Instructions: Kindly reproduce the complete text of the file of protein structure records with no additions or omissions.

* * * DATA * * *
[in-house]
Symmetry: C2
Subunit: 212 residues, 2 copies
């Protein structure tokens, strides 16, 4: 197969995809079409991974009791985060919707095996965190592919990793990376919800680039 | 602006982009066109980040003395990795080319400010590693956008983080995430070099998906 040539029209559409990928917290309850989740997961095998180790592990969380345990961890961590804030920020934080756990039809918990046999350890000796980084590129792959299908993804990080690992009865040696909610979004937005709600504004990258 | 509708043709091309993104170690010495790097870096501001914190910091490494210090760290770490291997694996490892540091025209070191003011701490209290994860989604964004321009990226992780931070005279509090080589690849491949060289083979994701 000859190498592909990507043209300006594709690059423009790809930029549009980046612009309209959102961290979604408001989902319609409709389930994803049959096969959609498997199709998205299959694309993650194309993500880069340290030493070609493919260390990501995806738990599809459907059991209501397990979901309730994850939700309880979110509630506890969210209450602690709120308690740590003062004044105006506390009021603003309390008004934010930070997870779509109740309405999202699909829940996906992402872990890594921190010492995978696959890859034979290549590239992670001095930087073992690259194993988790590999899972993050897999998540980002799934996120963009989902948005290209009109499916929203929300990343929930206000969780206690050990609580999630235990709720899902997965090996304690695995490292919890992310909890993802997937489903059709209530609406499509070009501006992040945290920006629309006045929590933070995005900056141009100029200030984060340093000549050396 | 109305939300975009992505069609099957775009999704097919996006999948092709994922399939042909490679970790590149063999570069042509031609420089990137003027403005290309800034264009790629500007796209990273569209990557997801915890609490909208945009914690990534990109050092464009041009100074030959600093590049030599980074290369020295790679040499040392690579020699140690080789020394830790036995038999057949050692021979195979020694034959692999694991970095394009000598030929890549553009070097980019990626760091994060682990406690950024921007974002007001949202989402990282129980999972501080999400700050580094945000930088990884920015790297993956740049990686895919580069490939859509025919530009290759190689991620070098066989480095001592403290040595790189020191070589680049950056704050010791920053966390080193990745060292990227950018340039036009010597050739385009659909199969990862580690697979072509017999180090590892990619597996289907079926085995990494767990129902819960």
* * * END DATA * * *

[in-house]
Symmetry: C2
Subunit: 212 residues, 2 copies
């Protein structure tokens, strides 16, 4: 197969995809079409991974009791985060919707095996965190592919990793990376919800680039 | 602006982009066109980040003395990795080319400010590693956008983080995430070099998906 040539029209559409990928917290309850989740997961095998180790592990969380345990961890961590804030920020934080756990039809918990046999350890000796980084590129792959299908993804990080690992009865040696909610979004937005709600504004990258 | 509708043709091309993104170690010495790097870096501001914190910091490494210090760290770490291997694996490892540091025209070191003011701490209290994860989604964004321009990226992780931070005279509090080589690849491949060289083979994701 000859190498592909990507043209300006594709690059423009790809930029549009980046612009309209959102961290979604408001989902319609409709389930994803049959096969959609498997199709998205299959694309993650194309993500880069340290030493070609493919260390990501995806738990599809459907059991209501397990979901309730994850939700309880979110509630506890969210209450602690709120308690740590003062004044105006506390009021603003309390008004934010930070997870779509109740309405999202699909829940996906992402872990890594921190010492995978696959890859034979290549590239992670001095930087073992690259194993988790590999899972993050897999998540980002799934996120963009989902948005290209009109499916929203929300990343929930206000969780206690050990609580999630235990709720899902997965090996304690695995490292919890992310909890993802997937489903059709209530609406499509070009501006992040945290920006629309006045929590933070995005900056141009100029200030984060340093000549050396 | 109305939300975009992505069609099957775009999704097919996006999948092709994922399939042909490679970790590149063999570069042509031609420089990137003027403005290309800034264009790629500007796209990273569209990557997801915890609490909208945009914690990534990109050092464009041009100074030959600093590049030599980074290369020295790679040499040392690579020699140690080789020394830790036995038999057949050692021979195979020694034959692999694991970095394009000598030929890549553009070097980019990626760091994060682990406690950024921007974002007001949202989402990282129980999972501080999400700050580094945000930088990884920015790297993956740049990686895919580069490939859509025919530009290759190689991620070098066989480095001592403290040595790189020191070589680049950056704050010791920053966390080193990745060292990227950018340039036009010597050739385009659909199969990862580690697979072509017999180090590892990619597996289907079926085995990494767990129902819960």